Islamists are free to say what they choose quoting the Koran and Hadith but if you or I criticise or mock Islamism and its banner Islam, we are the ones who are causing offence. Go figure.
I mean seriously, whilst we are on the topic of offence, is there really anything more offensive than Islam and religion?
Adam Walker a spokesperson for the so-called moderate Ahmadiyya Muslim Youth Association at UCL which organised against the Atheist Society’s use of a Jesus and Mo cartoon, has said: ‘The principle [of not causing offence] is more important than who is being attacked – this time it is Muslims and Christians but in the future it could be atheists themselves’.
But not causing offence is not a principle. If it were, they would be the first to be censored because every other word that comes out of them, the Koran, the Hadith, Islamic jurisprudence as well as the Bible and Torah… is offensive.
And as if the charge of offence is not enough, they want to know if you were ‘intentionally offensive’. In response, there are those who will argue that there was never an intention to offend, or that the Jesus and Mo cartoons can’t be considered offensive as they are not ‘crude’ or ‘savage’ as New Humanist Magazine has argued. Or that since the cartoon was on the atheist society’s Facebook page, none other than atheists were meant to see it making it somehow more palatable. Some will even say that offence is an unintended side-effect.
But this is all irrelevant. That is if we agree that the right to offend is fundamental to the right to free expression. Then why apologise?
Whenever you speak about Islam, there are countless prefects waiting to admonish you. And it is not just the Islamists and their usual apologists (in the Guardian, or the likes of George Galloway, Unite Against Fascism and Socialist Workers Party) that do this. You’ll hear this from many others too. You are being too provocative; you being deliberately provocative. Why establish the Council of Ex-Muslims to publicly renounce Islam and say you are an atheist? Never mind that you need to do this to break the taboo that comes with such a renunciation especially since it is punishable with death? The Egyptian blogger and atheist Aliaa Magda Elmahdy should never have posted a nude photo of herself as a scream against misogyny; nudity is offensive. Your colleague was threatened at a meeting on Sharia law at Queen Mary College – well what do you expect when you discuss such matters (something the security guard said before the police arrived)? And on and on.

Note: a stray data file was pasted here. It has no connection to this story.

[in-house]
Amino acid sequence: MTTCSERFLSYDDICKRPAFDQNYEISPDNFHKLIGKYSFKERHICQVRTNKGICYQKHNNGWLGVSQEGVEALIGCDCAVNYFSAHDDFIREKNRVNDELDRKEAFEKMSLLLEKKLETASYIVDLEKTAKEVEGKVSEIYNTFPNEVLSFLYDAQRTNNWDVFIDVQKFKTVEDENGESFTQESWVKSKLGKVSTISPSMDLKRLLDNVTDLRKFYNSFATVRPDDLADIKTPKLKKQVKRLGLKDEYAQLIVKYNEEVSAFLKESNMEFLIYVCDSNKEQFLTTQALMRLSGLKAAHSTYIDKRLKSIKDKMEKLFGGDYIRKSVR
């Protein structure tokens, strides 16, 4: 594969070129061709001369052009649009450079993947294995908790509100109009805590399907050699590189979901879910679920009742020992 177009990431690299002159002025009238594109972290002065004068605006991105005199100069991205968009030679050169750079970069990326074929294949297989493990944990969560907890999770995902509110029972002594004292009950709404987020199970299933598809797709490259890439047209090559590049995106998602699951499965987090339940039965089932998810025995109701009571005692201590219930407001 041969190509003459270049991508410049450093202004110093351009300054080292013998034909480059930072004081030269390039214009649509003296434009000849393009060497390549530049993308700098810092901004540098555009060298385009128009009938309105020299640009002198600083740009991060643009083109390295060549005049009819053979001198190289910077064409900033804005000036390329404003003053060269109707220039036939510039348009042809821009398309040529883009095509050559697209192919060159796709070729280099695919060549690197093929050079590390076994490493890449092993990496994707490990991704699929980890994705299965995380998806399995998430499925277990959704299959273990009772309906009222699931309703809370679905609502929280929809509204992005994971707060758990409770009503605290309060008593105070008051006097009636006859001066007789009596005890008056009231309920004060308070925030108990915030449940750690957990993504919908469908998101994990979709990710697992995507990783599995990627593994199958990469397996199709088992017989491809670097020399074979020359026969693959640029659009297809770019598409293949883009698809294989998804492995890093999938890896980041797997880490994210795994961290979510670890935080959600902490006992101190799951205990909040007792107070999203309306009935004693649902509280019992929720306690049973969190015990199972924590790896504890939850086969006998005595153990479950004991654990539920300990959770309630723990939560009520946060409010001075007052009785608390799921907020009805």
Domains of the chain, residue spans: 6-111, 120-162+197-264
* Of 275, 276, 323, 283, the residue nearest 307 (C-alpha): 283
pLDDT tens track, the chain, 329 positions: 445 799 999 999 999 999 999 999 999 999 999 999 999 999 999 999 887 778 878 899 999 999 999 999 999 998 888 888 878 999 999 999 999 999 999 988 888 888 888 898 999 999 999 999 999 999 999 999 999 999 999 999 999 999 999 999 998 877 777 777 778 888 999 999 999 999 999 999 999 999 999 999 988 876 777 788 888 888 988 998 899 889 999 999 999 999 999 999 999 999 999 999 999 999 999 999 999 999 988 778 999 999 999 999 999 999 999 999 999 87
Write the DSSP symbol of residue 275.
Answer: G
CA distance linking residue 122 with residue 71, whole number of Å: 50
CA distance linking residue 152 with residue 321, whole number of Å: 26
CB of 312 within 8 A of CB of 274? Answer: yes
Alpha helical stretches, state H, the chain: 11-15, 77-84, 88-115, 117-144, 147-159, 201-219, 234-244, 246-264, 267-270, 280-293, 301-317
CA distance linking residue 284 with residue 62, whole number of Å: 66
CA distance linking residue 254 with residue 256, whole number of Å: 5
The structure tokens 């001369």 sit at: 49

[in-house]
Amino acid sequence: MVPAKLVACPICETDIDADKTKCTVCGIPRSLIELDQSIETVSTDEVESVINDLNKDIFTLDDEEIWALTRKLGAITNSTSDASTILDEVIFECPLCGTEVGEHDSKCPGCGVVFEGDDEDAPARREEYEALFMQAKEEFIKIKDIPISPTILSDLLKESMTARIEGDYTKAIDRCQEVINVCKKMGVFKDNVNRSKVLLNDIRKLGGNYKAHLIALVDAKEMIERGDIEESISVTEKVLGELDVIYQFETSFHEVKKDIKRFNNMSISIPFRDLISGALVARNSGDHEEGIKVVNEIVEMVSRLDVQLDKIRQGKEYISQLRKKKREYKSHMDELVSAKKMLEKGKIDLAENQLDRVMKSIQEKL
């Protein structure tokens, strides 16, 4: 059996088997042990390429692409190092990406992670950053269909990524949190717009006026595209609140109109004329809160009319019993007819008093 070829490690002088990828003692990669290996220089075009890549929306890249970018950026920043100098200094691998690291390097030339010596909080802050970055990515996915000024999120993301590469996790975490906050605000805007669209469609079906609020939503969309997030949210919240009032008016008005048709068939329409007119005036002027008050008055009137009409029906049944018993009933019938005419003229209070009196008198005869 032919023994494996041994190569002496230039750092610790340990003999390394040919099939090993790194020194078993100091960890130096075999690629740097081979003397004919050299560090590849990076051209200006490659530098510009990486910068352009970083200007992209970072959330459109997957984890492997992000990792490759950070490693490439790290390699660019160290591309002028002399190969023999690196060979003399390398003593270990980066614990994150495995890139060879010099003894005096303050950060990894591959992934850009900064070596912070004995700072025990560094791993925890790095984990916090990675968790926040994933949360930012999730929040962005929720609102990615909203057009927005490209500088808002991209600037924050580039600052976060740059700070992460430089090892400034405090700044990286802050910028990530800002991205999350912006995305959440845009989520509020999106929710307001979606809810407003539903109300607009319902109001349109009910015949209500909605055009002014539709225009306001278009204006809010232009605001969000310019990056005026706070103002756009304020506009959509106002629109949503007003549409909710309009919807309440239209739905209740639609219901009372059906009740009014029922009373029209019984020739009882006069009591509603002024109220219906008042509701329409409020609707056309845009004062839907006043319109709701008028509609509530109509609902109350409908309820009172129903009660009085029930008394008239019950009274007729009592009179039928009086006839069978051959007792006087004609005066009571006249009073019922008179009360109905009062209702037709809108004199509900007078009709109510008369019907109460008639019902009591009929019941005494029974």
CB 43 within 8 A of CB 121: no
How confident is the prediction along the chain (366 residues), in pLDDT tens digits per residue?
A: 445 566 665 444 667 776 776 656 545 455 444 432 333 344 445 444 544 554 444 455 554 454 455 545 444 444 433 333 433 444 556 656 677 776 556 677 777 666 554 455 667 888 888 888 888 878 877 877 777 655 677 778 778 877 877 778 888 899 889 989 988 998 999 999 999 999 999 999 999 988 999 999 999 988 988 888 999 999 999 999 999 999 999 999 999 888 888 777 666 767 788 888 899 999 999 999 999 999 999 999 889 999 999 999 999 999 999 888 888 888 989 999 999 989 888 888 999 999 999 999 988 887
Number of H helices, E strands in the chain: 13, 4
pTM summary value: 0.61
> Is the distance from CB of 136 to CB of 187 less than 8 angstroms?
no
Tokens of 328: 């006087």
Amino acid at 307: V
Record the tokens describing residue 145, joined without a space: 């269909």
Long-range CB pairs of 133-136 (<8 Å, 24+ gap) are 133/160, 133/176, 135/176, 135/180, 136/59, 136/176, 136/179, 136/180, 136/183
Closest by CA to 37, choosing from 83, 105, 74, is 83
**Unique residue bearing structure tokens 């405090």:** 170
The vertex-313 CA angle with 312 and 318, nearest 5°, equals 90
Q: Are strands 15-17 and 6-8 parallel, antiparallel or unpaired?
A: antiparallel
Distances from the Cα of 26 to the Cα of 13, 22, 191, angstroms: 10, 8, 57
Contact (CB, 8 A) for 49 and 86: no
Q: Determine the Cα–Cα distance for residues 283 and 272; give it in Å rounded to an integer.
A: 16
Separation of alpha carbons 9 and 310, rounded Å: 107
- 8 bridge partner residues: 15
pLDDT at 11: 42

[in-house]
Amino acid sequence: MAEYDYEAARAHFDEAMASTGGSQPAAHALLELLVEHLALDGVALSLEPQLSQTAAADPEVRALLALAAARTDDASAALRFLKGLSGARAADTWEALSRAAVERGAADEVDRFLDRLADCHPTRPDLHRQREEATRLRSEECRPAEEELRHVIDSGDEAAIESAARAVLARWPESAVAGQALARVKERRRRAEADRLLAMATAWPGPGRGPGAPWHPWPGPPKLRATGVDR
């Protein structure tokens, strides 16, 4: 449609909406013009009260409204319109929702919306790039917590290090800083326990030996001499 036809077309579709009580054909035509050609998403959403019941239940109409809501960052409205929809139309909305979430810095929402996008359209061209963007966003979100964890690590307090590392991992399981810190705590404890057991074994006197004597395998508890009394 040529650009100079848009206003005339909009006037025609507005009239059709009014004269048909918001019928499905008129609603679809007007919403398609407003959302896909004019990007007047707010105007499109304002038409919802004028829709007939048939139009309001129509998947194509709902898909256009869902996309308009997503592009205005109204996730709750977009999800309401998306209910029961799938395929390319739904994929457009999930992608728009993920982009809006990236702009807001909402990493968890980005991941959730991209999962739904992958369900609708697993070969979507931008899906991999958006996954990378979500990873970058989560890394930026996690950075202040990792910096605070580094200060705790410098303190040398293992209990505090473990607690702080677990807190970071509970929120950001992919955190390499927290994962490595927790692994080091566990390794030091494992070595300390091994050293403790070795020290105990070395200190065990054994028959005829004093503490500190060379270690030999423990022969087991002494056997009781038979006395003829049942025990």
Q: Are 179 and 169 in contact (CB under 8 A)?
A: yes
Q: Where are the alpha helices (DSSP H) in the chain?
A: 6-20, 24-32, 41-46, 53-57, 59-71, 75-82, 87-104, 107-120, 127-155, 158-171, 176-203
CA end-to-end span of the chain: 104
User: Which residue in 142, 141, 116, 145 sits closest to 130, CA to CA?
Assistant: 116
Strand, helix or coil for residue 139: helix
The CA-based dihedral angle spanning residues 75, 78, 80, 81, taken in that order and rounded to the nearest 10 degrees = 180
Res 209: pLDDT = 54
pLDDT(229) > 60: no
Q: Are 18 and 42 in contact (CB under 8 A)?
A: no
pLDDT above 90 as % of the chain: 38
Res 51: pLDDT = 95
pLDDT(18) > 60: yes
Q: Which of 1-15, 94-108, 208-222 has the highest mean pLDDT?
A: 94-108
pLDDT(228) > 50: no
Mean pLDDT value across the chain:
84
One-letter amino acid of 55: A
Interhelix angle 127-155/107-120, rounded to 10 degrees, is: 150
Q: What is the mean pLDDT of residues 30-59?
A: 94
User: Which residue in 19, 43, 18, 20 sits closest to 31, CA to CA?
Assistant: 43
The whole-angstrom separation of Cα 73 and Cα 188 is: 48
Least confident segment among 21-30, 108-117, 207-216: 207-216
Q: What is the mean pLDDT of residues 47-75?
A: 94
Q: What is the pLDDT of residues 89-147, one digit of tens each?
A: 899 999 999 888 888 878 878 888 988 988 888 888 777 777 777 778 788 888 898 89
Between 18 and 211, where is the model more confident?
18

Excuse me but it is my right to free expression, isn’t it? May I choose how I do it? And you do it your way. Please don’t barter away what is permissible to say on my behalf.
Anyway whether you like my form of expression or not is irrelevant just as irrelevant as what a woman was wearing when she was raped.
This constant barrage of unsolicited ‘advice’ only helps to restrict expression further. In the UCL incident, ‘particularly inflammatory articles about the situation’, exaggerating it beyond its actual scope’ was blamed for the situation in a letter to the very Ahmadiyya group that organised against the Atheist Society. All this unfairly puts the blame squarely on those who dare to dissent or refuse to comply because it implies that Islamists would be able to accept dissent if only things were phrased more politely.
Had we known that manners were all that was needed, we could have prevented the slaughter of an entire generation in Iran. Wrong. Wrong again.